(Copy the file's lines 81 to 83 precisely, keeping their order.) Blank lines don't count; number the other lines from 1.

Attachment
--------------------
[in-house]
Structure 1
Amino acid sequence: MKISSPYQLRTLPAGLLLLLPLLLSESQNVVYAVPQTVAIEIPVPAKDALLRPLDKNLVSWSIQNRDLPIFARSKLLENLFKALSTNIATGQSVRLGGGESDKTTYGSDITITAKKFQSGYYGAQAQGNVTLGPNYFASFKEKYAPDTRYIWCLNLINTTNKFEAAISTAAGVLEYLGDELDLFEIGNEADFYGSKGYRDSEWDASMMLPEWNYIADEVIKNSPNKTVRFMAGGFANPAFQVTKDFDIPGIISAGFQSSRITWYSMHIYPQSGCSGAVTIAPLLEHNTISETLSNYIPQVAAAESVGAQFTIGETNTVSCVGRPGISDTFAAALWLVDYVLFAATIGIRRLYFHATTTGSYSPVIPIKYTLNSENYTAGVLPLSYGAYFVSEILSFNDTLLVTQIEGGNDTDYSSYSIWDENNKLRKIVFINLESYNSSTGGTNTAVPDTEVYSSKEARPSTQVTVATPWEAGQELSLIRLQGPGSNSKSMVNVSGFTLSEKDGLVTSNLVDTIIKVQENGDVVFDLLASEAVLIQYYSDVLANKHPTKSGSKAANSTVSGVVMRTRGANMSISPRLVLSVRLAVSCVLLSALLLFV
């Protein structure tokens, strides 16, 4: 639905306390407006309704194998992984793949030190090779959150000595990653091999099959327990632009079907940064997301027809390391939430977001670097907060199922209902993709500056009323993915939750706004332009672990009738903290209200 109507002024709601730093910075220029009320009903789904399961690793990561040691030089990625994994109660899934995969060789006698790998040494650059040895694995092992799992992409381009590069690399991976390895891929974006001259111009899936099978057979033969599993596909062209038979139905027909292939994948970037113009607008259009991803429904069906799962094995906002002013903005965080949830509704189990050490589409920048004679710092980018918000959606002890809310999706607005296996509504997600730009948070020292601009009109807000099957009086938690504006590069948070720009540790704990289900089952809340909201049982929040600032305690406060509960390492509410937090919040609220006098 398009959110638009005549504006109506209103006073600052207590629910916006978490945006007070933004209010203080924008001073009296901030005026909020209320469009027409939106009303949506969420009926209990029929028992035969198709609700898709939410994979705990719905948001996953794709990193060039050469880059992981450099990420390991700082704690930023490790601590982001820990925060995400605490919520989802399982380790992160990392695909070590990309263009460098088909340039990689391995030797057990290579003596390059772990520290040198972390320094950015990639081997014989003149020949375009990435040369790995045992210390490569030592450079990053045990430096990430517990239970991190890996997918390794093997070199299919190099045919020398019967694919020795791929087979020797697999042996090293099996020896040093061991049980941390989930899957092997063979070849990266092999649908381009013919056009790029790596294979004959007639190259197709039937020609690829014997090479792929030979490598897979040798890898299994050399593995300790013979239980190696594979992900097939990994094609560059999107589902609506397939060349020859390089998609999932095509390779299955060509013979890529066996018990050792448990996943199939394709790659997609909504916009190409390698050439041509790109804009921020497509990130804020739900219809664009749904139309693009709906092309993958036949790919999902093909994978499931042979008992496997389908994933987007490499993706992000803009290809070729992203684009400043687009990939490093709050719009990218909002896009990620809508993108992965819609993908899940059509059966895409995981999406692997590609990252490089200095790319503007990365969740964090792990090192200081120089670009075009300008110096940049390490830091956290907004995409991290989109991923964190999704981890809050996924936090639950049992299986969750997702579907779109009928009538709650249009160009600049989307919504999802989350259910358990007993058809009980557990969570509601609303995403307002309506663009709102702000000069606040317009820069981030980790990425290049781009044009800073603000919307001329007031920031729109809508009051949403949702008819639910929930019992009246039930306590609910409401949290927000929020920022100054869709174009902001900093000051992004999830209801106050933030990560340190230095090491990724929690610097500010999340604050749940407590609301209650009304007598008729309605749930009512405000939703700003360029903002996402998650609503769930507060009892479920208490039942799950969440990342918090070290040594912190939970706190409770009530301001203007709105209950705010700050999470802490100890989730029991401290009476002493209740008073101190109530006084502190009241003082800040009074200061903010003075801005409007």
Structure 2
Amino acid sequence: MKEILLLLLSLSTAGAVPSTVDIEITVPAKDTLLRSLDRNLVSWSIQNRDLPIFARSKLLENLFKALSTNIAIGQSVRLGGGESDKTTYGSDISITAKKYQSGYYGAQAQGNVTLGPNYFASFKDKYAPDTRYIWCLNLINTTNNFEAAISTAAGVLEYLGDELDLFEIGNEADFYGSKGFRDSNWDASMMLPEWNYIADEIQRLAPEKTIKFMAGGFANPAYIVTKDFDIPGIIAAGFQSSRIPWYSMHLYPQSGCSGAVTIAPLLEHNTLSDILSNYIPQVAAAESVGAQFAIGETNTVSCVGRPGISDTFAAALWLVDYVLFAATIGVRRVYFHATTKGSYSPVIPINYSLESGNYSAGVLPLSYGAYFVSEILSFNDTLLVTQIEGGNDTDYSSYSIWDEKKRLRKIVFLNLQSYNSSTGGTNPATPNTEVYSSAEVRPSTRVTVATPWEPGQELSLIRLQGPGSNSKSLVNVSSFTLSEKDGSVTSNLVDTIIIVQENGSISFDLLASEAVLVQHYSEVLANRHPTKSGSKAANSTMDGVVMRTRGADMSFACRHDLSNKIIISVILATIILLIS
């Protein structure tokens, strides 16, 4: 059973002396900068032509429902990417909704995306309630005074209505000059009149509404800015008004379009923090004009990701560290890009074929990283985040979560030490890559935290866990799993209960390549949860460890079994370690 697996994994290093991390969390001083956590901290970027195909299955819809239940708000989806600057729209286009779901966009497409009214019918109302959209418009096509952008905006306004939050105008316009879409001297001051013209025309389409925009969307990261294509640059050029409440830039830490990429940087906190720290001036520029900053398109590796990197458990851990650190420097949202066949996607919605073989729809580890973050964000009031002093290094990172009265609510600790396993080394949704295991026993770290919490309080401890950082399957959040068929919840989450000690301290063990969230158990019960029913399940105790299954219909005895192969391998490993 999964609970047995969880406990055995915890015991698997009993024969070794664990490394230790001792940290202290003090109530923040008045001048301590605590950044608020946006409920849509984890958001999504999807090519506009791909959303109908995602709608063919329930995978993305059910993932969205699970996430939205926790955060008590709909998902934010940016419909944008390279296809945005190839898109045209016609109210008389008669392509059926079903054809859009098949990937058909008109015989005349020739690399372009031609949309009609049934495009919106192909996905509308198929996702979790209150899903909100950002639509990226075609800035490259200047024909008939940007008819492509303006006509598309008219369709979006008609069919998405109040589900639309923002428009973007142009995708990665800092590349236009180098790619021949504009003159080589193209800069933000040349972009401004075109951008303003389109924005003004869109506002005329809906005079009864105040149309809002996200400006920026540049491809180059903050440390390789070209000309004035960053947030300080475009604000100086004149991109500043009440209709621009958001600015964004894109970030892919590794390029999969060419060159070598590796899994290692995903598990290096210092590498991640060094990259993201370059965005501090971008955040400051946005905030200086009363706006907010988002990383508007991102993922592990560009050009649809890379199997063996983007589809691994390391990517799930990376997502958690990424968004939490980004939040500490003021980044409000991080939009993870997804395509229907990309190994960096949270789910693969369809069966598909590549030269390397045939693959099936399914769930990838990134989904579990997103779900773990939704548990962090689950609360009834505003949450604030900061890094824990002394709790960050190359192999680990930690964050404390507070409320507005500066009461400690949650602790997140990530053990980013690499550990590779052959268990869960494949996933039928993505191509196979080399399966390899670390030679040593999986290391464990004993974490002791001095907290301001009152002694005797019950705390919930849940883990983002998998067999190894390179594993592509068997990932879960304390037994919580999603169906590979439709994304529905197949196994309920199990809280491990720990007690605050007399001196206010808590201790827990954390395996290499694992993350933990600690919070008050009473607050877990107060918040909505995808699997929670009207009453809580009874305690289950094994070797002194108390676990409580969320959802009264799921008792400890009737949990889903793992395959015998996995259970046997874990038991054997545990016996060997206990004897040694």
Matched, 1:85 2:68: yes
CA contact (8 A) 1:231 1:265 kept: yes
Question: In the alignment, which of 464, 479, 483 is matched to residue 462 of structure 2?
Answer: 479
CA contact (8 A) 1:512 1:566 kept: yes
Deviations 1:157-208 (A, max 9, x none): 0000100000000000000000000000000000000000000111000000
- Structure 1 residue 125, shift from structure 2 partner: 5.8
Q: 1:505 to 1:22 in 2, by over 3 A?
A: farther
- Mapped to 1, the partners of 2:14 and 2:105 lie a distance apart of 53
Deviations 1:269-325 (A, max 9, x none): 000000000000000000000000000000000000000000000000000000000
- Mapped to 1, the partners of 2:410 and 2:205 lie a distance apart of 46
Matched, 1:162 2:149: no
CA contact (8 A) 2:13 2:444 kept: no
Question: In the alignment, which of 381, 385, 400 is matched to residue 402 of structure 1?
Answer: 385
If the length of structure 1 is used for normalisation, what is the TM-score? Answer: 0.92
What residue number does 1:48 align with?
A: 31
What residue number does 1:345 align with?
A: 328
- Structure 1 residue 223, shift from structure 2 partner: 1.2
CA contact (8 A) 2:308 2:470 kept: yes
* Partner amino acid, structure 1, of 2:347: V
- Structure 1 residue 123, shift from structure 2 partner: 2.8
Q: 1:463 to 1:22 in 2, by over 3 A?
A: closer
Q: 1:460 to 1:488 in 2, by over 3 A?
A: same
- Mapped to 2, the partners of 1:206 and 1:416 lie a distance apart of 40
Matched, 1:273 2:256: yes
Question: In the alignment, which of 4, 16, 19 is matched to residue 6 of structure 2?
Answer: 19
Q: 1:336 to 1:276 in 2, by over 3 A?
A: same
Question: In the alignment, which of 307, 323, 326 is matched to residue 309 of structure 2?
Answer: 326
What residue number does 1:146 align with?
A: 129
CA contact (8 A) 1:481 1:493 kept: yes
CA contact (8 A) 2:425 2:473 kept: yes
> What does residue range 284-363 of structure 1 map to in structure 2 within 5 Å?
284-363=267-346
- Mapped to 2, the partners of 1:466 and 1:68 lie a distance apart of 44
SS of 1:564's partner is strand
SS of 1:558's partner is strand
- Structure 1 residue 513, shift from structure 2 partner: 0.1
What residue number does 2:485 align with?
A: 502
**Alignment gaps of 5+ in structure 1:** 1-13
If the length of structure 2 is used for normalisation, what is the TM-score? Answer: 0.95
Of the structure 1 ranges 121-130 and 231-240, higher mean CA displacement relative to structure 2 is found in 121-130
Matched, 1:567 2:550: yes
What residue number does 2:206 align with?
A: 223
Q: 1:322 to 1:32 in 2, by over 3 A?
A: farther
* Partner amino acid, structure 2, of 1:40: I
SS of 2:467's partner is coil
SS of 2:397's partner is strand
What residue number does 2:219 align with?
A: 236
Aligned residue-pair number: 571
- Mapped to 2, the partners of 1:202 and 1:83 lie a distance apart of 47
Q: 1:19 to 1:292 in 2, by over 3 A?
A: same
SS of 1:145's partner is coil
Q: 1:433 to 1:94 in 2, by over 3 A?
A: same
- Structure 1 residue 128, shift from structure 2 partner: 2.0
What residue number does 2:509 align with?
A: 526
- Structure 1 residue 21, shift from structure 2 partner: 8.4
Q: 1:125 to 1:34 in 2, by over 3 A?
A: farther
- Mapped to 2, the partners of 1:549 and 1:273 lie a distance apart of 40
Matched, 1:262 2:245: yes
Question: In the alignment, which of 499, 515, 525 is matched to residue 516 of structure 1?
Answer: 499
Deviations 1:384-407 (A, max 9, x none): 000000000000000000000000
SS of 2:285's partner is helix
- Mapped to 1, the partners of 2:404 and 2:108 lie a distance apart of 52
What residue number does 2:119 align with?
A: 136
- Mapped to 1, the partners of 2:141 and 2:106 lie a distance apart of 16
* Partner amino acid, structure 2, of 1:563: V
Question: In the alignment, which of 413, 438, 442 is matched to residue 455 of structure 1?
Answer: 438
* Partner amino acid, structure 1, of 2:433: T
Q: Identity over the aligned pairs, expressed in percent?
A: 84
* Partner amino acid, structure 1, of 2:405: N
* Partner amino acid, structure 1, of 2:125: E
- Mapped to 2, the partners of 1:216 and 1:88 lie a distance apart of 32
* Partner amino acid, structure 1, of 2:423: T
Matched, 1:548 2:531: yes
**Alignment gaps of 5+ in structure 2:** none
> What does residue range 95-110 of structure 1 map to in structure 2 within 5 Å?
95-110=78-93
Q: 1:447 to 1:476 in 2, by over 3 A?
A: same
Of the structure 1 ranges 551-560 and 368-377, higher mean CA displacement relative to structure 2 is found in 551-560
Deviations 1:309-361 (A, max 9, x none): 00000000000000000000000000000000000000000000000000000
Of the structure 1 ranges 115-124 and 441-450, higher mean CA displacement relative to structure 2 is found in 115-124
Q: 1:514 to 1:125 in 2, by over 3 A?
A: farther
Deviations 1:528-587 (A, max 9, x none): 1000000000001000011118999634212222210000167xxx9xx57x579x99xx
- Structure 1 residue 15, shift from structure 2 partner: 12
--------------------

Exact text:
Q: 1:125 to 1:34 in 2, by over 3 A?
A: farther
- Mapped to 2, the partners of 1:549 and 1:273 lie a distance apart of 40